**The Example:**

The example aims to provide descriptive statistics for items on a scale looking at attitudes towards learning at

university.

Finney, S. J., Pieper, S. L., & Barron, K. E. (2004). Examining the psychometric properties of the Achievement Goal Questionnaire in a general academic context. Educational and Psychological Measurement, 64, 365-382.

The aim is to provide means and percentages of participants choosing specific response ranges. This format is is similar to that used at my own university when reporting quality of teaching scores. A table is provided where each row contains a survey question and columns are provided for the mean, and percentage of respondents agreeing (options 4 or 5) and disagreeing (options 1 or 2) with each item. A useful property of providing both the mean and the percentages is that each provides a useful way of thinking about the overall pattern of responses. Percentages are often easier to interpret intuitively.

The example has 12 items with variable names attitude1 to attitude12. Each item is on a 7 point scale.

This is a subset of the data as viewed from SPSS:

**Steps:**

**1. calculate variables to represent groups of response options.**My aim is to report the percentage of respondents reporting 1 to 3; 4; and 5 to 7.

```
* Attitude Measure.
DO REPEAT x = attitude1 to attitude12/
xLOW = attitudeLOW1 to attitudeLOW12.
COMPUTE xLOW = 0.
IF ( x = 1 OR x = 2 OR x = 3) xLOW = 1.
END REPEAT.
DO REPEAT x = attitude1 to attitude12/
xMID = attitudeMID1 to attitudeMID12.
COMPUTE xMID = 0.
IF ( x = 4) xMID = 1.
END REPEAT.
DO REPEAT x = attitude1 to attitude12/
xHIGH = attitudeHIGH1 to attitudeHIGH12.
COMPUTE xHIGH = 0.
IF ( x = 5 OR x = 6 OR x = 7) xHIGH = 1.
END REPEAT.
EXECUTE.
```

The syntax above should be run. It will create three new sets of variables with a value of 1 if the respondent answered one of the target values (e.g., 1, 2, or 3 for low) and 0 otherwise. To learn more about DO repeat in SPSS, check out some of these links (University of Washington, SPSS, UCLA).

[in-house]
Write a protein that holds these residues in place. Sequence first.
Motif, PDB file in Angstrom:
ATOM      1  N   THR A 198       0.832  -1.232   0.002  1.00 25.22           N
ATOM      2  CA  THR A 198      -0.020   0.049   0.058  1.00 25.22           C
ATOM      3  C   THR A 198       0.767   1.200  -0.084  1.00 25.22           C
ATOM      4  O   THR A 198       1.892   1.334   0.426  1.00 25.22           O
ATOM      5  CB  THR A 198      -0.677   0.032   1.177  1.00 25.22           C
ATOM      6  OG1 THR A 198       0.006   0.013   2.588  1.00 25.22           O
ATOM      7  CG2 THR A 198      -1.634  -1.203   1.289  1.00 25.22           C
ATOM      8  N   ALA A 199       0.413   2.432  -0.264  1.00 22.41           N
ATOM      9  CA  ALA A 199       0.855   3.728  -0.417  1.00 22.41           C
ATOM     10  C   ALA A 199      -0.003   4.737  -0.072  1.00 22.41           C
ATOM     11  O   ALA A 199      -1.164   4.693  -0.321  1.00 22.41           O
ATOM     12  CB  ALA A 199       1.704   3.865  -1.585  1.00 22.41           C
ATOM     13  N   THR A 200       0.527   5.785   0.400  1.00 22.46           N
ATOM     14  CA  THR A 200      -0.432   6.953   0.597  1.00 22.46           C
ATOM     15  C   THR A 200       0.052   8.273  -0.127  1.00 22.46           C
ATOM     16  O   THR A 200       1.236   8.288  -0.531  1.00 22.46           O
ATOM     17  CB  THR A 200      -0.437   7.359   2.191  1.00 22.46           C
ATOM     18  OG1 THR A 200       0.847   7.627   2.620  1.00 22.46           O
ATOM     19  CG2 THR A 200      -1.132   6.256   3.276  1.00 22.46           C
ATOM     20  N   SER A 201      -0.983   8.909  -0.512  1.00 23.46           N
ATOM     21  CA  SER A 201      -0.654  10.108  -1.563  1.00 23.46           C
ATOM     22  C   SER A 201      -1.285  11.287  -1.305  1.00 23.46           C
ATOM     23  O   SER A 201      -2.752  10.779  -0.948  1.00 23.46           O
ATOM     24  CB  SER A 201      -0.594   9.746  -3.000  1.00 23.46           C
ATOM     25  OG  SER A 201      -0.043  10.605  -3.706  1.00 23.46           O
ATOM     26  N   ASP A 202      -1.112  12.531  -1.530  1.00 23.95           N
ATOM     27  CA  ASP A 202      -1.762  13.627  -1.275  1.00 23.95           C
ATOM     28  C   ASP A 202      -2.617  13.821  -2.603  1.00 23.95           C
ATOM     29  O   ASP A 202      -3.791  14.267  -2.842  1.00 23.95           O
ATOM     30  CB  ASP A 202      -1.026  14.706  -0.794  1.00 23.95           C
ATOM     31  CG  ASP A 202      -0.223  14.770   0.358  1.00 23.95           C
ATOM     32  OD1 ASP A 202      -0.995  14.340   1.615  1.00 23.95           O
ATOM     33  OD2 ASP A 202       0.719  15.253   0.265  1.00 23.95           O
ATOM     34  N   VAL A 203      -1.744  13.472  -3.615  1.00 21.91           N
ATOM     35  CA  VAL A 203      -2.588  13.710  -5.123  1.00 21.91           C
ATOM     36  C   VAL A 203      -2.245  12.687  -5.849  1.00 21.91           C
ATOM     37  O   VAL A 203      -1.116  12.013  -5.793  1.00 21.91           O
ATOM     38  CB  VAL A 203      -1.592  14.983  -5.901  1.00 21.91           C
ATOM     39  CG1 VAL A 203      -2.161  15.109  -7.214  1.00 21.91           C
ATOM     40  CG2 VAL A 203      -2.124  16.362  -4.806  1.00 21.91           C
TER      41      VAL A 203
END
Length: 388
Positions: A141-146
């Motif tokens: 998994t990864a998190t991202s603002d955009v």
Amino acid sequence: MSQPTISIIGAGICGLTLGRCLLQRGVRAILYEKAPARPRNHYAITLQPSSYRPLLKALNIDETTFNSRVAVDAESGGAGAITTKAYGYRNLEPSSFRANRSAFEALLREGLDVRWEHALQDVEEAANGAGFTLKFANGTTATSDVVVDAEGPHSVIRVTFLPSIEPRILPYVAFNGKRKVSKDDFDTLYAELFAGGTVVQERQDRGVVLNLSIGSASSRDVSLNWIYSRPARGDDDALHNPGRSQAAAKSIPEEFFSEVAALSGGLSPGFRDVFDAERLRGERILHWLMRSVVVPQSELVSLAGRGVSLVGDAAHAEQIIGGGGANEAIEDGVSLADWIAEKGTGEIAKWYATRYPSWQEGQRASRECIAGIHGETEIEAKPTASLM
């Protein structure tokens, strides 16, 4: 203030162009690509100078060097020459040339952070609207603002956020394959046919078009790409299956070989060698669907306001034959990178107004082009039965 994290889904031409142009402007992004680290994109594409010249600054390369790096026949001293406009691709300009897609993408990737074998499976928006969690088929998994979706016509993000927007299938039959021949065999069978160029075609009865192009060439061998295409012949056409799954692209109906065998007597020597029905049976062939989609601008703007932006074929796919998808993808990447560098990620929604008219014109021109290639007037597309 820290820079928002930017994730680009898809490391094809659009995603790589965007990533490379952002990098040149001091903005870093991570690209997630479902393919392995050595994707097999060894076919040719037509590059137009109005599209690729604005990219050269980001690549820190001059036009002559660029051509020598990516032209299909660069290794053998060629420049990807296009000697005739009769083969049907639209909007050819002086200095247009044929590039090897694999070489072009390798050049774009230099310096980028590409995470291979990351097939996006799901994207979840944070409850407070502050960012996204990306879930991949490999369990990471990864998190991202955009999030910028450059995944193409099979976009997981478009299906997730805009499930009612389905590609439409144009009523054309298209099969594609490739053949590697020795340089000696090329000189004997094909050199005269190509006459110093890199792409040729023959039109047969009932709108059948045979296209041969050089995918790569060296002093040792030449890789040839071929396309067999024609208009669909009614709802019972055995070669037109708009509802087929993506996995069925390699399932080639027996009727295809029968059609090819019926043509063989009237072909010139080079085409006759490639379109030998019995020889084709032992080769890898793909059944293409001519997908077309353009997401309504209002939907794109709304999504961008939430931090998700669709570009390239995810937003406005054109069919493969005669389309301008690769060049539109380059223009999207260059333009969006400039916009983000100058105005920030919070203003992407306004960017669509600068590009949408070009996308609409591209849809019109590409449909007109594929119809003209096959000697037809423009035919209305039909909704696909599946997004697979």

To modify the above syntax for your own needs, alter the variable names and numbers. And alter the focal response values (e.g., for a five point scale, you might have x = 1 OR x = 2 for low, 3 for mid, and 4 OR 5 for high).

**2. Get the mean and percentage in each category for each item.**

```
DESCRIPTIVES VARIABLES=attitude1 to attitude12
/STATISTICS=MEAN.
DESCRIPTIVES VARIABLES=attitudeLOW1 to attitudeLOW12
/STATISTICS=MEAN.
DESCRIPTIVES VARIABLES=attitudeMID1 to attitudeMID12
/STATISTICS=MEAN.
DESCRIPTIVES VARIABLES=attitudeHIGH1 to attitudeHIGH12
/STATISTICS=MEAN.
```

The above syntax will provide the output. You could alternatively use the menus and go to Analyse - Descriptives - Descriptive Statistics.

**3. Set up the table in Excel**

(a) Paste in the above tables from SPSS into an Excel worksheet. Clear the formatting from these. Or paste special (unicode)

(b) Add Item Number and Item Text (and optionally the factor that the item belongs to).

(c) Add Column names to columns that will be retained in the final table

(d) Delete superfluous columns of output (control+ space highlights a column; control + minus deletes a column)

(e) tidy up number formatting

e.g., for the means, control+1 brings up cell formatting; then numbers 2 decimal places was selected for the mean; percentage with 0 or 1 decimal place might be useful for the categories.

(e) Highlight table and copy and paste into Word

(f) Format in Word (e.g., add lines, change font, change alignment, change row and column heights, etc.)

**And here's how you might do it in R:**

```
tableOfItemDescriptives <- function(x,
lowRange = 1:3, midRange = 4, highRange = 5:7,
file = "clipboard-128") {
meanOfX <- mean(x,na.rm = TRUE)
lowXPercent <- sapply(x, function(X)
mean(X %in% lowRange, na.rm = TRUE))
midXPercent <- sapply(x, function(X)
mean(X %in% midRange, na.rm = TRUE))
highXPercent <- sapply(x, function(X)
mean(X %in% highRange, na.rm = TRUE))
resultsTable <- data.frame(mean = meanOfX,
low = lowXPercent,
mid = midXPercent,
high = highXPercent)
write.table(resultsTable, file = file,
sep ="\t", row.names = FALSE)
resultsTable
}
items <- c("attitude1", "attitude2", "attitude3", "attitude4", "attitude5",
"attitude6", "attitude7", "attitude8", "attitude9", "attitude10",
"attitude11", "attitude12")
x <- na.omit(dCasesForExport[items])
tableOfItemDescriptives(x=x)
```

In SPSS 16 you can do it very easily using Custom Tables and inserting subtotals

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